Immigration reform has been a hot topic of debate over the last few months. First came calls to Congress from both the President and the American people to reform America’s broken system of immigration and to reach a compromise that would treat the millions of immigrants who are already in the country with the dignity and respect they deserve. Congress acted, and has been working to pass immigration reform ever since.
The Gang of Eight
First, it started with the Gang of Eight, a bipartisan group of eight Senators tasked with writing a draft version of the check that would hopefully reform immigration in America. The draft bill was then sent to a subcommittee for finalization before being submitted for the whole of the Senate to vote on. It did, and the draft version passed.
The House of Representatives
On the other side of Congress, the House of Representatives expressed dissatisfaction with the draft check and, through the House Speaker John Boehner, stated that it would not even introduce any Senate bills on immigration reform onto the floor of the House for a vote unless a majority of House members supported the bill. Since the Senate is controlled by Democrats, and the House by Republicans, this issue became deeply divided by party lines.
It was not long after the Senate passed its version of the check that the House announced that it had its own Gang of Eight which had been working in secret all along to come up with an immigration reform bill.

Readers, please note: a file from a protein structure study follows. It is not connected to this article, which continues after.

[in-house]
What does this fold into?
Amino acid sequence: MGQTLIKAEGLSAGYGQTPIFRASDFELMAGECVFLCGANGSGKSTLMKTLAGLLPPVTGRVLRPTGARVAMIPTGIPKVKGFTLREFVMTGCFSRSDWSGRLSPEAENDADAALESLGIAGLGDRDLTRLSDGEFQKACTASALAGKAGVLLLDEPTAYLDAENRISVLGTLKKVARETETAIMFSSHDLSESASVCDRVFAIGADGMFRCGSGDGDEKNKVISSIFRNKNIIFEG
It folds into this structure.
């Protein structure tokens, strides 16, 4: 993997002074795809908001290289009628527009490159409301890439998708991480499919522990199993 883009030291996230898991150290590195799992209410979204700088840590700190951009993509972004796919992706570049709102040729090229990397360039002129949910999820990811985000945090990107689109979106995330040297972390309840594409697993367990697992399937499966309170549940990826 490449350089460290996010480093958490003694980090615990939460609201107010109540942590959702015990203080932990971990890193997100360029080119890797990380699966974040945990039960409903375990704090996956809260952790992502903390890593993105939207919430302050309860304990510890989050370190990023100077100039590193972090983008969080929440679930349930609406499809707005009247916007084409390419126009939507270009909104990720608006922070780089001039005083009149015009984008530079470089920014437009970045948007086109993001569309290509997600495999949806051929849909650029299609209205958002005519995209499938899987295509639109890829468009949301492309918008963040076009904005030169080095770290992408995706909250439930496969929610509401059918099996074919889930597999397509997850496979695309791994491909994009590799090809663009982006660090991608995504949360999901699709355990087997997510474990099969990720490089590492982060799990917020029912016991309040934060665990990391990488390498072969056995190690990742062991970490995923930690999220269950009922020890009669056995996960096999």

As of now, the nation waits for the House to finalize its own version of a check so that the House and Senate bills can be consolidated into a single check that both sides of the legislative branch can agree on. According to a recent announcement by Speaker Boehner, the House should have a finalized version of its own bill on the table by the end of August 2013.
After the House Votes
Even after the House is able to agree on a version of the immigration reform bill of its own, the check from the House and the check from the Senate will have to be consolidated into a single bill before being sent to the President for approval. This is how laws are made in America. The legislative branch, made up of the House and the Senate, creates bills and then submits them to the President. If the President signs the bill, then it becomes law.
If the President vetoes the bill, or if the bill remains unsigned, the check may be sent back to the legislators for another vote. If 2/3rds of Congress agree to pass the bill, then the President’s signature would not be needed in order to make the bill a law.
So far, President Obama has expressed his support for bipartisan immigration reform and has stated that he will support a bipartisan immigration reform bill when he is presented with one by Congress – which means that he has already stated that he will pass the legislation into law if Congress can compromise on the major issues of the debate.